The economic changes that were taking place in the United States were enormous. There were times when problems were being solved; nonetheless, 1980’s were hit by a recession which had both domestic and global consequences. Unemployment was once again on the rise because people were unwilling to contribute to the economy. The recession that occurred hit major sectors responsible for basic industries that supported the infrastructure and society in general. Everything was on a decrease, from housing to car production and even bank support. As such, one of the decisions that were made had dealt with loans and lowered interest rates. People were beginning to acquire housing without a real opportunity to pay back. At the same time, people were reluctant to spend their savings. This was due to the fact that everyone has had experience living through the depression and unemployment. People remembered the panic that crashed markets and destroyed the economy. As such, the little money that they had was to be saved as everything that was most necessary to survive was the priority. The same was with employment, since people were demoralized and knew that if they applied themselves hard in the workplace, the money would have to be either saved or paid back to the banks. The devastation within the economy and society was so great that it even influences the political arena, and there was little support given to the government.
All the events that took place in the United States in relation to the economy show the enormous connection that exists between people, their moral and physical health and the government. Every time there was a downfall in the banks, people were directly influenced. The banks would try to recover by throwing money at the problem, but this was never enough. Even when a temporary solution was found, the government still had to find ways to repay the money to people and the banks. When a new government would come into office, several bills and acts would be passed in order to address a small portion of the social misbalance which in the end did not raise the economy. The stock market and the financial system would immediately hit all parts of the social fabric. When the Federal Reserve system was created, it enabled the government and people to see the bigger picture, because with the increased cooperation and support from a number of banks, economic crisis can be somewhat held back and even prevented. But still the economy is largely dependent on people, and this was seen in the numerous instances when lack of support from the government and financial institutions led to unemployment. People, the work force and those in the middle and lower class are the ones who majorly contribute to the economy. By providing proper conditions to the working class, those who are wealthy and financial institutions can increase the economy. Any changes in the interest rates, the market and the balance between production and sales will influence the sensitive nature of economy.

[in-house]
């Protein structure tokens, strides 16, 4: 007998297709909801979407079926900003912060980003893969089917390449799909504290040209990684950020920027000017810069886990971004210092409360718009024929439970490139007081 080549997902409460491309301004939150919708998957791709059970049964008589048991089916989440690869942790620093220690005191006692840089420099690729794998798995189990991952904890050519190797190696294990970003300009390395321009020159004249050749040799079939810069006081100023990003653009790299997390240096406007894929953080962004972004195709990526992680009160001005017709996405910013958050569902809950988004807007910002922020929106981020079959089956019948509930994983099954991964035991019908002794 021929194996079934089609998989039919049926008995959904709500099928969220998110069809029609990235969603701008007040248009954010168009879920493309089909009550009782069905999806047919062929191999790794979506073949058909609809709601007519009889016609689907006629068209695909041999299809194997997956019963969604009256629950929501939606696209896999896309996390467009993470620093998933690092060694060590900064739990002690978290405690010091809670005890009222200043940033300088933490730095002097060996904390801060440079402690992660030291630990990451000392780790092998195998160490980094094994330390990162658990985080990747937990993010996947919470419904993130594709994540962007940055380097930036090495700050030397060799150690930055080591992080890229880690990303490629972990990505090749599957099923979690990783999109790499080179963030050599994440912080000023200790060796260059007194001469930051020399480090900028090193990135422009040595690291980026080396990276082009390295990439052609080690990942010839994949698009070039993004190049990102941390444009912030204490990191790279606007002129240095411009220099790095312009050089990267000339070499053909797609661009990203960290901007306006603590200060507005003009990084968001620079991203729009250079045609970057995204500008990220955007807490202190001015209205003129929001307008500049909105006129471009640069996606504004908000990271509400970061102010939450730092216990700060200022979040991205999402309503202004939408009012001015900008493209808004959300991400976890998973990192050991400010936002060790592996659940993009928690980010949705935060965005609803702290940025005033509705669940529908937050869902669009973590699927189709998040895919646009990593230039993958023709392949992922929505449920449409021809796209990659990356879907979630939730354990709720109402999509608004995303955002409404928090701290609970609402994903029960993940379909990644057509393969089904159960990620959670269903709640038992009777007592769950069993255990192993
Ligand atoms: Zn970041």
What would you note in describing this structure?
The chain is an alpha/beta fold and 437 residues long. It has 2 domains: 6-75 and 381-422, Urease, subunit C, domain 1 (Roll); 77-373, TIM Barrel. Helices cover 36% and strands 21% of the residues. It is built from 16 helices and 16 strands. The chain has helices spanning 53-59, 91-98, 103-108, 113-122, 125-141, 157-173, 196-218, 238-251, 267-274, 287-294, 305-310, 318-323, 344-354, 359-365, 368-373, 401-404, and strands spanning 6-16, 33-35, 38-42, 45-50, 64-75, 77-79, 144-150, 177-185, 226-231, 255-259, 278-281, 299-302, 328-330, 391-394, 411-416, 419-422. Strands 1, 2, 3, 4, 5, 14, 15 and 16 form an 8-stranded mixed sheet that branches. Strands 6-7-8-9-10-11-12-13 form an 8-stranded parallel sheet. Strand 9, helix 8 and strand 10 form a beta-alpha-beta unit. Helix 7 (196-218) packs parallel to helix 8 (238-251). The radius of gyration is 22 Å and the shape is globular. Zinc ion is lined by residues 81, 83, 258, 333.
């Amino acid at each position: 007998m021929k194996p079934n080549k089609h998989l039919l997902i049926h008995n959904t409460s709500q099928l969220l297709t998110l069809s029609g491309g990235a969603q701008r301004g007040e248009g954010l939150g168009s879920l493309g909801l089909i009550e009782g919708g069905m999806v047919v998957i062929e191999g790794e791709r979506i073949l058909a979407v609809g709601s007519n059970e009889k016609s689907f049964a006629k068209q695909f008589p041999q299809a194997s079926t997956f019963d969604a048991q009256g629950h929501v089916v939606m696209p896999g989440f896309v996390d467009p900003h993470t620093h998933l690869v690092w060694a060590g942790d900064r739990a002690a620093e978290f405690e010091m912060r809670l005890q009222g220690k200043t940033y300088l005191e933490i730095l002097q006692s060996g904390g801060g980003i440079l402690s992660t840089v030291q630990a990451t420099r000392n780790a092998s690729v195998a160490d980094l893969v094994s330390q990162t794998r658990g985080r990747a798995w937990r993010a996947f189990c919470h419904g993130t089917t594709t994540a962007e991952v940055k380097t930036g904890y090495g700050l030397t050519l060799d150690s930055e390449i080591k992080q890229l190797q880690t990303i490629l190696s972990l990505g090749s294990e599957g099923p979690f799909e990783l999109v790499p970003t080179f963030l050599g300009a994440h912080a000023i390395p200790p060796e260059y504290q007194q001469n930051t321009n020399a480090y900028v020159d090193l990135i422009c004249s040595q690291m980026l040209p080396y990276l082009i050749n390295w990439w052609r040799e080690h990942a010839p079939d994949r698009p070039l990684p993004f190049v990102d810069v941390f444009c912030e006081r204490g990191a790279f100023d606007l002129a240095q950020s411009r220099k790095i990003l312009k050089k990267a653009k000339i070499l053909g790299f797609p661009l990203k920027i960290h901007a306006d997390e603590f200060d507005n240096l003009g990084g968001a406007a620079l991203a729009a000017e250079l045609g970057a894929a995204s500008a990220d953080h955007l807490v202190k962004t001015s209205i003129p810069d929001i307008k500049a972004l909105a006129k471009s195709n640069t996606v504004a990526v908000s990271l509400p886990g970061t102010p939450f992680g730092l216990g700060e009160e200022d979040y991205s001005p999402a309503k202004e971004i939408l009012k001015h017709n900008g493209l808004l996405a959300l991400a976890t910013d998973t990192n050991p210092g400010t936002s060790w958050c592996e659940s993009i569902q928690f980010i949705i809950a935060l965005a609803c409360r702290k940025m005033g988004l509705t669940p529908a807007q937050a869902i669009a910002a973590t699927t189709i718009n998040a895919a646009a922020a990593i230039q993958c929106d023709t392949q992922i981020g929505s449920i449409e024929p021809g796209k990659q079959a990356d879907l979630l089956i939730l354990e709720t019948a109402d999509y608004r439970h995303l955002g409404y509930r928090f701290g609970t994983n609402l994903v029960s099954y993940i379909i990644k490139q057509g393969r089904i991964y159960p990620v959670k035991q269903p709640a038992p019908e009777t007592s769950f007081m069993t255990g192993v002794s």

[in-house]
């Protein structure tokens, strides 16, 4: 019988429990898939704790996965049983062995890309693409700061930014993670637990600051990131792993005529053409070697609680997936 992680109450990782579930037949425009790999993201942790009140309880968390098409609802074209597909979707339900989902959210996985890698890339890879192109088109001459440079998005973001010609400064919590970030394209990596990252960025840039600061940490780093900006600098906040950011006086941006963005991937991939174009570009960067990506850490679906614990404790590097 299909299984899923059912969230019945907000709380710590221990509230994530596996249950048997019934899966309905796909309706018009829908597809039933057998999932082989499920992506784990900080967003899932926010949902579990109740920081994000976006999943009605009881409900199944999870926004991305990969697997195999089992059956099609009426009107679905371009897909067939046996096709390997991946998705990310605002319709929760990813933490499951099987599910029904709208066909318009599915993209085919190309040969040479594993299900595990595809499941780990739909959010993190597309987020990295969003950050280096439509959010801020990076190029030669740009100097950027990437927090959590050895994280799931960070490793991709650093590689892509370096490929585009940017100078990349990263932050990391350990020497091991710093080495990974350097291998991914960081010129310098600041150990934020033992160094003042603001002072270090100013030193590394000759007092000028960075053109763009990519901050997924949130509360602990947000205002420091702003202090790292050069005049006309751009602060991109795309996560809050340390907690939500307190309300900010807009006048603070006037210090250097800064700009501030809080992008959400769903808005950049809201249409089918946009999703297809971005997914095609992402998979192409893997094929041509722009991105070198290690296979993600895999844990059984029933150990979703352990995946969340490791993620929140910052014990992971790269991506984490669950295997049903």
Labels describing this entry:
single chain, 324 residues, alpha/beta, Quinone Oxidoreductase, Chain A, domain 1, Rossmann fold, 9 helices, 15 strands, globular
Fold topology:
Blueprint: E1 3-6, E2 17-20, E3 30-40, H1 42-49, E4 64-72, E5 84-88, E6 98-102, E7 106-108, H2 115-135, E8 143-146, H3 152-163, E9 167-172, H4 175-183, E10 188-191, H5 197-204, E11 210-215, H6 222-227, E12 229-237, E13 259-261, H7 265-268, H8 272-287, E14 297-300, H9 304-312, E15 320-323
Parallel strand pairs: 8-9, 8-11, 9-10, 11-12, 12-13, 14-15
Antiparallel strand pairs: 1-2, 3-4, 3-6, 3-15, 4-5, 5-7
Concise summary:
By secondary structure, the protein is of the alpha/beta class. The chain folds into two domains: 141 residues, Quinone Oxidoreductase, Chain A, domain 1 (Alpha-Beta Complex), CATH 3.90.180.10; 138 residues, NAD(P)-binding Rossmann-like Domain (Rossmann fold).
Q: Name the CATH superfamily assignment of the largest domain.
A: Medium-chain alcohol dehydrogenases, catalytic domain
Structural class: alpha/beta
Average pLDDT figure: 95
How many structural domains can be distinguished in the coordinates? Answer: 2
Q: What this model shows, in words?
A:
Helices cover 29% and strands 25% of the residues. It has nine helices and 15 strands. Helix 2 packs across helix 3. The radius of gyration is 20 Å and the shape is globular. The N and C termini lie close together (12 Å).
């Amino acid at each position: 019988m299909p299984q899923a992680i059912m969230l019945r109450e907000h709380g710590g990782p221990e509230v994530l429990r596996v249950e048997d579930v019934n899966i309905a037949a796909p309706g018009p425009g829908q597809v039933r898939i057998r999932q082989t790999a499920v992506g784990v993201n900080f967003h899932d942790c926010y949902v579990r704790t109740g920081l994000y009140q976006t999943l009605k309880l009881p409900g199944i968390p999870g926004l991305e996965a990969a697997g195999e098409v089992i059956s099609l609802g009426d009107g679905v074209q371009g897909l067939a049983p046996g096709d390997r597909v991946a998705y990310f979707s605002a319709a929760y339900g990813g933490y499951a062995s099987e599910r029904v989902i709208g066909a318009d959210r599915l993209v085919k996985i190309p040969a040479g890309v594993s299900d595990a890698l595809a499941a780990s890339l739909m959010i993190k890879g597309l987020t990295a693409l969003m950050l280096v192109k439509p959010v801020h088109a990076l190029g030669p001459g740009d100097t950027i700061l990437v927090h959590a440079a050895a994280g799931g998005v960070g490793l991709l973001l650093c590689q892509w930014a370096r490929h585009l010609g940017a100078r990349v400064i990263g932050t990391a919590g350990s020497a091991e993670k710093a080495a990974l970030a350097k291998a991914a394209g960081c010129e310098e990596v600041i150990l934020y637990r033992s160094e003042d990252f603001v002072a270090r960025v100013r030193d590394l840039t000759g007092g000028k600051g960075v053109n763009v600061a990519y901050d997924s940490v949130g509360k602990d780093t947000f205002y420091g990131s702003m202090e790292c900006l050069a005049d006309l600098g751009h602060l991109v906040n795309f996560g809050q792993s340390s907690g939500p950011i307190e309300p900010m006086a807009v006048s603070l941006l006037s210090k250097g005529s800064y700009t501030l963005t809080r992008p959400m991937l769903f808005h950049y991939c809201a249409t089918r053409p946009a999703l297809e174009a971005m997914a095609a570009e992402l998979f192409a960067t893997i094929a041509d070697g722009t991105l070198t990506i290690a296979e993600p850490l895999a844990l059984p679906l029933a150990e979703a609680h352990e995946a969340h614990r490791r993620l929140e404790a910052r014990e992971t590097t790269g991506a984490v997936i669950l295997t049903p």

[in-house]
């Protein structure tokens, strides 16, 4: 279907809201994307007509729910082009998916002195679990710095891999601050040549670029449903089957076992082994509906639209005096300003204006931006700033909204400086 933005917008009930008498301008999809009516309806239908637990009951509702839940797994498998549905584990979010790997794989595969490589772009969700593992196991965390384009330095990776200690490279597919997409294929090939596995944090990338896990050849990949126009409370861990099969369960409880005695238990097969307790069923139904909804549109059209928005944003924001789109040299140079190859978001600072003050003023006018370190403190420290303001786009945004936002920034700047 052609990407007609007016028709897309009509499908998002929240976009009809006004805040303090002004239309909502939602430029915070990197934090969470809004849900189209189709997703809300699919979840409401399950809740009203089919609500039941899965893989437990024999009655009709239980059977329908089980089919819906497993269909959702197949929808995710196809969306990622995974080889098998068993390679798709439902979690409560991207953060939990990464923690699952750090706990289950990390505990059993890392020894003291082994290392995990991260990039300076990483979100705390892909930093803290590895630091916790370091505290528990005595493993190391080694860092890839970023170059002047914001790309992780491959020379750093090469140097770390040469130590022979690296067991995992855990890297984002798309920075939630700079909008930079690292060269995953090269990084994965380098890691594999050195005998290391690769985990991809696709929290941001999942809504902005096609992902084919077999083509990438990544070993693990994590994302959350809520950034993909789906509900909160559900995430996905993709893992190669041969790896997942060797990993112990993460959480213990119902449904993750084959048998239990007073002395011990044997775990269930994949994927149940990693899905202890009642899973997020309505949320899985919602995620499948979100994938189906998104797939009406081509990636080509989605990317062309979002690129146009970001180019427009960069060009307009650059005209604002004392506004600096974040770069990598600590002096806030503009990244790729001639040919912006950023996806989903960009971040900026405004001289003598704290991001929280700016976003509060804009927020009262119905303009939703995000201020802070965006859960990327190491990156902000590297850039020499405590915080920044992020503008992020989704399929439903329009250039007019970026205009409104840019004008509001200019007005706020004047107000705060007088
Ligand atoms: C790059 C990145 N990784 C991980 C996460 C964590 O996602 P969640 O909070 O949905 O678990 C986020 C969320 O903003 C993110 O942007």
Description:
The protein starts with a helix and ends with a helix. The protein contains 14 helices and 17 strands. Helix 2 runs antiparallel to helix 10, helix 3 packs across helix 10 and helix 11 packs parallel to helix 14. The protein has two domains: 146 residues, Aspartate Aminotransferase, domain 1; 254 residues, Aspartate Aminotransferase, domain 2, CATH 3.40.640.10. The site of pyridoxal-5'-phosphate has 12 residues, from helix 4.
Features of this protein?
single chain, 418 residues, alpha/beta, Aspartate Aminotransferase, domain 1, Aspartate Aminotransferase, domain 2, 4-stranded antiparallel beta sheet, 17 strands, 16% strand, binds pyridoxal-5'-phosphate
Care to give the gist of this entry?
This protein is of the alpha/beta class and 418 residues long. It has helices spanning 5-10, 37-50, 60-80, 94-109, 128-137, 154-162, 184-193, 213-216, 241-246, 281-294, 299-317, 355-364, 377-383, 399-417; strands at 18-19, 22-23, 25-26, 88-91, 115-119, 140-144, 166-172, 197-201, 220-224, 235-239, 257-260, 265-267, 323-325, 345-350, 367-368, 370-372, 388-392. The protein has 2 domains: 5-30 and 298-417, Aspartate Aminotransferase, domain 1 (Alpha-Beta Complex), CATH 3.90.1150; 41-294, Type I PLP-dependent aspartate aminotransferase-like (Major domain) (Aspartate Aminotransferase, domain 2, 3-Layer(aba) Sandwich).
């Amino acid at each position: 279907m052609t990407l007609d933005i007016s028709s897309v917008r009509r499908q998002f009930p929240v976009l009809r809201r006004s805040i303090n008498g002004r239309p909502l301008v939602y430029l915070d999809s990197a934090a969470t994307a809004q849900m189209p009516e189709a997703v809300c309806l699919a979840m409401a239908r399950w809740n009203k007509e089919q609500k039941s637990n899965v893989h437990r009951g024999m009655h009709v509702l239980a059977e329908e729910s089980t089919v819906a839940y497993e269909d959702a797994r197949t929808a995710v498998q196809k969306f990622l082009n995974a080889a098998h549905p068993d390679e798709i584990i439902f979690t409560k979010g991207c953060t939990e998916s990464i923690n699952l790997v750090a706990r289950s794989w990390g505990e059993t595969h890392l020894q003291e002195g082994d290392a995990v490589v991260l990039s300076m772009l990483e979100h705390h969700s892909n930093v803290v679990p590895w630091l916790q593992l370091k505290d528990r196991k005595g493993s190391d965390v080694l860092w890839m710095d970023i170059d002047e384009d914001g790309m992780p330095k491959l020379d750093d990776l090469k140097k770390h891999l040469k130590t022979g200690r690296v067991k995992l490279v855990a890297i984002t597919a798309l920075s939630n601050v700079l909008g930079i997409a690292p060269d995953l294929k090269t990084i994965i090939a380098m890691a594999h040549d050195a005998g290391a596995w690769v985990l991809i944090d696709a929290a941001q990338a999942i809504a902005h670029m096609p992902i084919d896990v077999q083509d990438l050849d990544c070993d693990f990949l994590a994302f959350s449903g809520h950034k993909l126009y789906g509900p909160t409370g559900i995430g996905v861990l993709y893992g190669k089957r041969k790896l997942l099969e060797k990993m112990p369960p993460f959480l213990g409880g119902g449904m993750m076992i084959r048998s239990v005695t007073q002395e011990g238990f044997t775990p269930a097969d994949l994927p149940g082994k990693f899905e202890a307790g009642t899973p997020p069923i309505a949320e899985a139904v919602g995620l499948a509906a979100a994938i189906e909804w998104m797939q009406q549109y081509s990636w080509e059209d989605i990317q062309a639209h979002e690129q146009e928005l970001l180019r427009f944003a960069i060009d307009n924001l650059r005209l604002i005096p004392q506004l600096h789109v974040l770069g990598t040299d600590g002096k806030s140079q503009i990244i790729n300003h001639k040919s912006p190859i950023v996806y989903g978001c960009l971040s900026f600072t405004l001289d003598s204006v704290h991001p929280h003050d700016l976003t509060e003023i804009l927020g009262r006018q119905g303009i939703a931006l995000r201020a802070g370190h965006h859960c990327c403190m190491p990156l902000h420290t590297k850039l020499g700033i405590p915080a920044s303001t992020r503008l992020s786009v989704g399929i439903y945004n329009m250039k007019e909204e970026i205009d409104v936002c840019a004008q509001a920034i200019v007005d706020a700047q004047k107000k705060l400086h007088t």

In conclusion, it is clear that the interdependence of people, banks and the government, all have an input into the economy. If people are given strong support which is backed up by financial reserves, then the economy will be stable. If simple and immediate solutions are thrown at people to decrease the panic and devastation, nothing will happen because the real problem is not dealt with. As such, strong nations are made by people and not finances.